Book buying was a grand ceremonial event for those impecunious student days and one ventured to Premier only for the very special title which deserved a place in the ‘collection’ or which was not available in the lending libraries. There was this eerie feeling of ‘walking in the footsteps of giants’ like Rhodes Scholar and playwright Mr. Girish Karnad, historian Dr. Ramachandra Guha, author Professor UR Ananthamurthy, and one treaded with certain feeling of awe which was compounded by the enormity of the collection of the variety of books and topics. One heard about visits by intellectual stalwarts of the likes of India’s distinguished psychologist Professor Ashis Nandy or top filmmakers during their trips to Bengaluru. This aura of a ‘celebrity’ bookstore lent it a special mystique for youngsters. Needless to state that the owner remained unflustered and indifferent to this mystique, treating all his customers alike with his grace and charm. The same nonchalance in evidence when asked about his emotions while bidding adieu to his bookstore in 2009 he responded,
“I gave them all at a 60 per cent discount. Change is a part of life. I was already 70 when I closed shop, so why feel emotional?”.
The bookstore was of modest size but incredibly physically dense with a very wide collection of books, close to half a million by some accounts, ranging from pulp fiction to somber philosophy to tantalizing current affairs to heady psychology with books piled up high in rows reaching the ceiling. There were mountains of books right in the center of the bookstore which one had to wade through for the prized catch of a Borges or even a Hobsbawm. The walls on both sides were lined with books as high as one can imagine with very diverse and alluring titles staring at you leaving you perplexed as to how to reach them. As you entered the bookstore the most wonderful experience was the disarming measured smile of the ‘Gentleman’ owner Mr Shanbhag welcoming you into this treasure trove of knowledge. He would be at his desk which had a mountain of sheaths of papers, postage mail covers and documents like receipts.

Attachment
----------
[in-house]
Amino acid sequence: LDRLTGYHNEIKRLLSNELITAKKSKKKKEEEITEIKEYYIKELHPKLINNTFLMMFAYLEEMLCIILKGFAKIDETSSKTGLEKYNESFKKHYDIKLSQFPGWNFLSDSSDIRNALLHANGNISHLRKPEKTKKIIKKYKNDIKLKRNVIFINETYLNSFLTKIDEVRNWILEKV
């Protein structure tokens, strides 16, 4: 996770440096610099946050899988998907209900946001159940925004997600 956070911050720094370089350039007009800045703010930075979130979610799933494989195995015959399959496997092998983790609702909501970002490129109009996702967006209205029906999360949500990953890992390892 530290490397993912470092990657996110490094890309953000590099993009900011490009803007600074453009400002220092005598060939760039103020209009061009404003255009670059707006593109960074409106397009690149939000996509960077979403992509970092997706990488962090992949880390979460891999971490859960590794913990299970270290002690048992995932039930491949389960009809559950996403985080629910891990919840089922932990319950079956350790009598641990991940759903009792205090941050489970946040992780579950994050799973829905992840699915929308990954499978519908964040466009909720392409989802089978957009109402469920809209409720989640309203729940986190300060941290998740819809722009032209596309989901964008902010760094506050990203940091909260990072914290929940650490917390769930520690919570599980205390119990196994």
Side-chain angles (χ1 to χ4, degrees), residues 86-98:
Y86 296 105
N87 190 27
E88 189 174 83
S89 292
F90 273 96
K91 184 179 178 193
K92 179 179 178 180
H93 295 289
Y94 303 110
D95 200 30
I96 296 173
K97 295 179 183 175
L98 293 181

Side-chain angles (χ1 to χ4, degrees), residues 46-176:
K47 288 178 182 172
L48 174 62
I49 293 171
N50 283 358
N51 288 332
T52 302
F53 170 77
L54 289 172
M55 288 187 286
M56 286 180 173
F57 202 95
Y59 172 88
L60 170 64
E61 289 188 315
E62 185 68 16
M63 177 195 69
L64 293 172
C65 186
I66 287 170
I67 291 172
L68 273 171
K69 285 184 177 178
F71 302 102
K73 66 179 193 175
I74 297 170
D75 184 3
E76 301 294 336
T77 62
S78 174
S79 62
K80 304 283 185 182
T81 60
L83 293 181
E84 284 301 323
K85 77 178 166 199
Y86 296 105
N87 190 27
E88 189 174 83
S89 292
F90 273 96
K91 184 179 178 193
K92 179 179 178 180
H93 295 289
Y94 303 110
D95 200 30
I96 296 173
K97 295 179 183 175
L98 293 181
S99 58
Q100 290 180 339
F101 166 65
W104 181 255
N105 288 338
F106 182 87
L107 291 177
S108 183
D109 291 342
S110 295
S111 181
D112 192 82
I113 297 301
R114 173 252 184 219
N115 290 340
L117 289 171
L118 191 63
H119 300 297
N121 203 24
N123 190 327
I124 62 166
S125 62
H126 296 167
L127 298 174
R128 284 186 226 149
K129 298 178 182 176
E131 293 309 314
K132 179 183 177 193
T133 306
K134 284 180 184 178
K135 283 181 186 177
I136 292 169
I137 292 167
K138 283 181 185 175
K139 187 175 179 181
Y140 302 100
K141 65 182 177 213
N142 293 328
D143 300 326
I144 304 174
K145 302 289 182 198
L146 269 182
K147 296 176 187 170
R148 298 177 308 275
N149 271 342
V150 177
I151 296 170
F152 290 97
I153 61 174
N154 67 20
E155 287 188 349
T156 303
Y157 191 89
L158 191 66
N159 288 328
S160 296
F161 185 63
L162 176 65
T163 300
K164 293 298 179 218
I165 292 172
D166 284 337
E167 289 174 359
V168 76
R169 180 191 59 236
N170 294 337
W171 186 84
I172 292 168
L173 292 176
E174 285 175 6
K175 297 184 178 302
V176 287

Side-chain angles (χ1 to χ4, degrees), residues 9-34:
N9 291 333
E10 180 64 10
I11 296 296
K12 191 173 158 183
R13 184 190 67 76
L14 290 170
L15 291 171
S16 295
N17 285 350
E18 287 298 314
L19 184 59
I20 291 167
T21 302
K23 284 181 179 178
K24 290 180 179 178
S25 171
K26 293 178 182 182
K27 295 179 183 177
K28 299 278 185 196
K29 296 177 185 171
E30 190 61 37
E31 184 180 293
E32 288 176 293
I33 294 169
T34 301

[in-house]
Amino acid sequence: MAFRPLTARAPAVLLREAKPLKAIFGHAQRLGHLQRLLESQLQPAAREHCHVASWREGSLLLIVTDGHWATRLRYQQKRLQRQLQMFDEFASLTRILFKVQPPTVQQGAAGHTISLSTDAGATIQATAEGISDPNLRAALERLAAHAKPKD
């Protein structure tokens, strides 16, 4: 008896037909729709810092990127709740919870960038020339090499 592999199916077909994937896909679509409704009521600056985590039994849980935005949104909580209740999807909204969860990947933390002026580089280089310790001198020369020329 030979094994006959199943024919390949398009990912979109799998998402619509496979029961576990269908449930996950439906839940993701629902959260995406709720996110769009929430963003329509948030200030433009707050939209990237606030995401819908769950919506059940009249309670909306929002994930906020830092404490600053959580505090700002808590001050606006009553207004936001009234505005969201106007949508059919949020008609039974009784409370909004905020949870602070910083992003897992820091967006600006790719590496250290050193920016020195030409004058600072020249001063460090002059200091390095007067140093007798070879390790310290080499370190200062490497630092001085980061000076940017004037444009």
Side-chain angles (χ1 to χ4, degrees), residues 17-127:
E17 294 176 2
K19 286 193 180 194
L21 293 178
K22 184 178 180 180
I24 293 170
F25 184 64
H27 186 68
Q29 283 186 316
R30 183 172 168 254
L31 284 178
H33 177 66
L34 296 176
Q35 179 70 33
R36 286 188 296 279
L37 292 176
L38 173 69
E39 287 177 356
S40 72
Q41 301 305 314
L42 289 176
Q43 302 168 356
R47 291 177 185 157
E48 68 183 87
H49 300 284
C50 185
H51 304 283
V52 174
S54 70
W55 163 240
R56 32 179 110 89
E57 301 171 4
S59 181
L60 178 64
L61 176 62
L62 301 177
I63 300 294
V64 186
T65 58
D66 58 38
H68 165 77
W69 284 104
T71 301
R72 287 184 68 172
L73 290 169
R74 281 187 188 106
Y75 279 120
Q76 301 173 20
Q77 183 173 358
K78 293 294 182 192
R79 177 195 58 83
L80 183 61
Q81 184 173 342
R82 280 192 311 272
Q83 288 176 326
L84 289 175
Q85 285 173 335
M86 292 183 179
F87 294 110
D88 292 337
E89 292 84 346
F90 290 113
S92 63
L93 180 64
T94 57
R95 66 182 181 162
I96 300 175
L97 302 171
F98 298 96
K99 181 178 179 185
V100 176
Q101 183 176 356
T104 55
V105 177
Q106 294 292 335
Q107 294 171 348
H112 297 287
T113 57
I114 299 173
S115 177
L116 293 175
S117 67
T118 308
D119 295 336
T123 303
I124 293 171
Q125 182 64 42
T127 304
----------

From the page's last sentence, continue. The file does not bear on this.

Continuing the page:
Here amidst this ‘laxed orderliness’ in arrangement of books one found a Foucault jostling with Wodehouse, Sartre with Nietzsche, Wodehouse with Dickens or Trollope, Gibbon with Macaulay and then a few collected works standing unassumingly in some corner. I refuse to term the setting as ‘chaotic’ since there seemed to be an implicit order which was not comprehensible to the outsider or customers but for Mr Shanbhag and his small staff it was all neatly structured in their brains. It still bewilders me as to how Mr Shanbhag would gently pull out with full confidence and accuracy a book you might have ordered few months or weeks back from one of the drawers in his desk.
The legacy of Mr Shanbhag and Premier bookstore is a testimony to the bibliophile Indians who loved opening their minds and hearts to distant lands and epochs through the pages of the books – commendable in an era devoid of internet and satellite television. It is a testimony to their enduring love and affection for English language and literature.
Now a page has been turned in the history of Bengaluru and the legacy of Mr Shanbhag endures in our hearts and minds. As one would say it’s time to say with a heavy heart ‘Goodbye Mr. Shanbhag’ and once again thanks a lot for the splendid experience you left us with in your fabulous bookstore.
Kaustav Bhattacharyya is an entrepreneur and independent researcher based in Bengaluru, India (the old name being Bangalore). Kaustav pursued a PhD in Management Studies from Cass Business School, London and spent nearly 4 years in the UK. Currently he lives back in India and is a Vice-Chairman of his family water treatment business. He writes columns independently for local publications and has written articles for The Sunday Guardian in India.